The YNHH-Prospect deal would amount to the system’s largest hospital acquisition ever, bringing the total number of hospitals within YNHH to seven. That would match the number in Hartford Healthcare’s hospital network, according to the state Office of Healthcare Strategy’s most recent annual report on the financial status of the state’s hospitals.

Most recently, YNHH acquired Lawrence + Memorial in 2016. Before that, the health system had not added new hospitals in nearly two decades, adding Bridgeport Hospital in 1996 and Greenwich Hospital in 1998 to its network.

“We are certainly aware of those concerns of increasing costs, and we work hard to prevent that,” YNHH’s O’Connor said. The system has demonstrated that, he said, by successfully maintaining cost structures at the hospitals that have joined the YNHHS system to date.

“We have tried to be alert to those concerns and ensure we are improving quality — that is ultimately what we are here to do.”

O’Connor added that the goal is to “be smart and not just grow for growth’s sake.”

Prospect’s reputation

Los Angeles-based Prospect Medical Holdings owns and operates 17 hospitals across five states. A ProPublica investigation published in 2020 found systemic financial mismanagement and patient safety violations across the entire network. 

According to the investigation, the company’s founders built the business by acquiring small hospitals in predominantly low-income neighborhoods and then convincing health care providers to “feed Medicaid and Medicare patients” to those facilities. They also slashed costs, often at the expense of staff and patient safety, ProPublica reported. 

In 2010, private equity firm Leonard Green & Partners bought a 61% stake in Prospect and by 2021 the company’s revenue had grown to $2.7 billion from $470 million, according to ProPublica.

The private equity firm sold its holding back to Prospect in 2021. Now, Prospect appears to be on a selling spree of its own. In addition to the proposed sale of its Connecticut hospitals, the system is reportedly also looking to sell four Pennsylvania hospitals.

O’Connor said that if the Prospect hospitals join YNHH, “they’ll really become community assets, which is to say the sole purpose of the investment is to provide benefit to the communities they’re in.”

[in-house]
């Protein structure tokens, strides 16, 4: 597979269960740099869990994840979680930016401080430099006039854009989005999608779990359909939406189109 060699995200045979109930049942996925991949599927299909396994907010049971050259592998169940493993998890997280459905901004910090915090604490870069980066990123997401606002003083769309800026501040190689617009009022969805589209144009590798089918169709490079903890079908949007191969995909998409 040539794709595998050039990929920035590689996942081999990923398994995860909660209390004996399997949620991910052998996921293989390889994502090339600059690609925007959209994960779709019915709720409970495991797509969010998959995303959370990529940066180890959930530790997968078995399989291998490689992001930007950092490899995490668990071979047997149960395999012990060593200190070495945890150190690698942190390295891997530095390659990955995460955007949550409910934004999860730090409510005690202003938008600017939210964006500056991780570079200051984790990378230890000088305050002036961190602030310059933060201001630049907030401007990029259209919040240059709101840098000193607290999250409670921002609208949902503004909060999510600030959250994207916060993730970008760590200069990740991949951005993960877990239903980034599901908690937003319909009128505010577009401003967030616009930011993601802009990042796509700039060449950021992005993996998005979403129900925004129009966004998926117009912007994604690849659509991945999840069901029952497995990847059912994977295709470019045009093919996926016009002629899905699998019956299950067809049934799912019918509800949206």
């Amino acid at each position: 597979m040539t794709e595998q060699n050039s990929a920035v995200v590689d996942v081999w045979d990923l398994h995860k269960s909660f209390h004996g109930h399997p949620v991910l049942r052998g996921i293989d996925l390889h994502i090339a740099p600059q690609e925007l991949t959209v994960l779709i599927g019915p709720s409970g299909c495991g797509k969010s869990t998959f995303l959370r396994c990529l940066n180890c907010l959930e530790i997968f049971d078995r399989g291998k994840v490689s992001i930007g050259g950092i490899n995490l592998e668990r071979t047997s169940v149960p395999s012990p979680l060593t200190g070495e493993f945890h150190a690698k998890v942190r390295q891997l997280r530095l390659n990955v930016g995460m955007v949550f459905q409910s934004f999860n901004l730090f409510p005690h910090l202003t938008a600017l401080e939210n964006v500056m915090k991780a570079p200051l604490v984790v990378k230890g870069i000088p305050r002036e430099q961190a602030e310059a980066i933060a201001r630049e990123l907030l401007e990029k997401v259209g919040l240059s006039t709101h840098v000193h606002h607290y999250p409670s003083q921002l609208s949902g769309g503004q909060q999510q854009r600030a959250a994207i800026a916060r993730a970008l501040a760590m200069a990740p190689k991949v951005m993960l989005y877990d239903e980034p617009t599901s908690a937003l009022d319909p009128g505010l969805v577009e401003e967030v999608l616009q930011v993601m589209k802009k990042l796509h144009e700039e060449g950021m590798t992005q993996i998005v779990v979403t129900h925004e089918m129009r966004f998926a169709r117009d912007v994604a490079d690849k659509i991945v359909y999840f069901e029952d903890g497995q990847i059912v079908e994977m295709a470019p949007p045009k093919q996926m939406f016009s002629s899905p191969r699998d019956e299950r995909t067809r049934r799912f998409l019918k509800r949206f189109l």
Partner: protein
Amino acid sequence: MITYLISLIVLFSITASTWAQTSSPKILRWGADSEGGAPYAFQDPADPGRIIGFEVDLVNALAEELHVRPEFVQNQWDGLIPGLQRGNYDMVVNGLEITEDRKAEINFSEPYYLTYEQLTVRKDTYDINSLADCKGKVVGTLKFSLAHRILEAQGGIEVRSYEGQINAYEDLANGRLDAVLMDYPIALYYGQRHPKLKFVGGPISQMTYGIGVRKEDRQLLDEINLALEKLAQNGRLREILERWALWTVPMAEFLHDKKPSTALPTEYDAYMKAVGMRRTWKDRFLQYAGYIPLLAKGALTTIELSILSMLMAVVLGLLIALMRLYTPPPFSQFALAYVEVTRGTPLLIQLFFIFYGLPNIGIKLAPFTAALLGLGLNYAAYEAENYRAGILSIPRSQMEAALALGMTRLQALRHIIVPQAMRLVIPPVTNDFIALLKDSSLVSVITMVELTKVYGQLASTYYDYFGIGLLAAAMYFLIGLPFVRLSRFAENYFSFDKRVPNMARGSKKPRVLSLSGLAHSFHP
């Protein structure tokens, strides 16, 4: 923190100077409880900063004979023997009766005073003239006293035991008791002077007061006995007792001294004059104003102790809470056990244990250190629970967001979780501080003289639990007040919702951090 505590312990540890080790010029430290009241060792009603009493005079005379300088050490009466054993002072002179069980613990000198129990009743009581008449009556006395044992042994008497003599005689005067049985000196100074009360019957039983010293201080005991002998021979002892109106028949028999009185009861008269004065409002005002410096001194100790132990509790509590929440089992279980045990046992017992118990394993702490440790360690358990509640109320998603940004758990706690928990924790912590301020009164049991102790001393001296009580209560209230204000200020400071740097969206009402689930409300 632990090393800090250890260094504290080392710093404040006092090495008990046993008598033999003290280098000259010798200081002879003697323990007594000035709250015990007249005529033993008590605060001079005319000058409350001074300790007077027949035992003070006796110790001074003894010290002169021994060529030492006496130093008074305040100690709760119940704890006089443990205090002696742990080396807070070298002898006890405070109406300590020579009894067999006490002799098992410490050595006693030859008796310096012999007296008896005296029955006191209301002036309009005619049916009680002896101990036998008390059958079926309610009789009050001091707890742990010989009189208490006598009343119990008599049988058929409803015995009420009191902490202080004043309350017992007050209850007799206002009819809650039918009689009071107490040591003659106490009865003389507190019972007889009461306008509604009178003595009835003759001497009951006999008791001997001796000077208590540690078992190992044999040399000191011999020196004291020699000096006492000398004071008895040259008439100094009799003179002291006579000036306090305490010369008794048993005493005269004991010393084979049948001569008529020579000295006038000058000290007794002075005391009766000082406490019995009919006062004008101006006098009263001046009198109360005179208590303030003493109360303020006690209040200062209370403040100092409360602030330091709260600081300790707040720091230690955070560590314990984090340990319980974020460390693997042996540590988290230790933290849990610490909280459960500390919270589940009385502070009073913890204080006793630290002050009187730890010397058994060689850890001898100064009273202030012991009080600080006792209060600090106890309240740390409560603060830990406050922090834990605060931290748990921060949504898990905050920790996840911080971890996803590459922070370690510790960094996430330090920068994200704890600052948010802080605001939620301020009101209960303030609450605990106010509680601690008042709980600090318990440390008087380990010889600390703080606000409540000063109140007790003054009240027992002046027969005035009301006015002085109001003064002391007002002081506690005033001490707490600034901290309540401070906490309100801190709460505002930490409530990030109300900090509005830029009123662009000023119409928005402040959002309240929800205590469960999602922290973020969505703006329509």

Erica is CT Mirror's first-ever Economic Development Reporter. Before joining CT Mirror in August 2021 Erica was a writer / producer for public radio’s Marketplace, and was a reporter for the Wall Street Journal for seven years, first as a general assignment / regional economy reporter and then as a supply chain reporter covering freight, trade, and e-commerce. She grew up in Minneapolis, MN, graduated from Haverford College in Pennsylvania with a degree in economics and a concentration in Latin American studies, and received a master’s in specialized journalism from the University of Southern California.

As CT Mirror’s first Investigative Researcher Fellow, Katy Golvala joins Dave Altimari and Andy Brown on our investigative team. Originally from New Jersey, Katy earned a bachelor’s degree in English and Mathematics from Williams College and received a master’s degree in Business and Economic Journalism from the Columbia Graduate School of Journalism in August 2021. Her work experience includes roles as a Business Analyst at A.T. Kearney, a Reporter and Researcher at Investment Wires, and a Reporter at Inframation, covering infrastructure in Latin America and the Caribbean. At Columbia, Katy completed projects related to government policy and corporate practices aimed at improving racial equality. She wrote her thesis on the record high levels of corporate insider trading during COVID and the market implications of outsized executive compensation during a global crisis.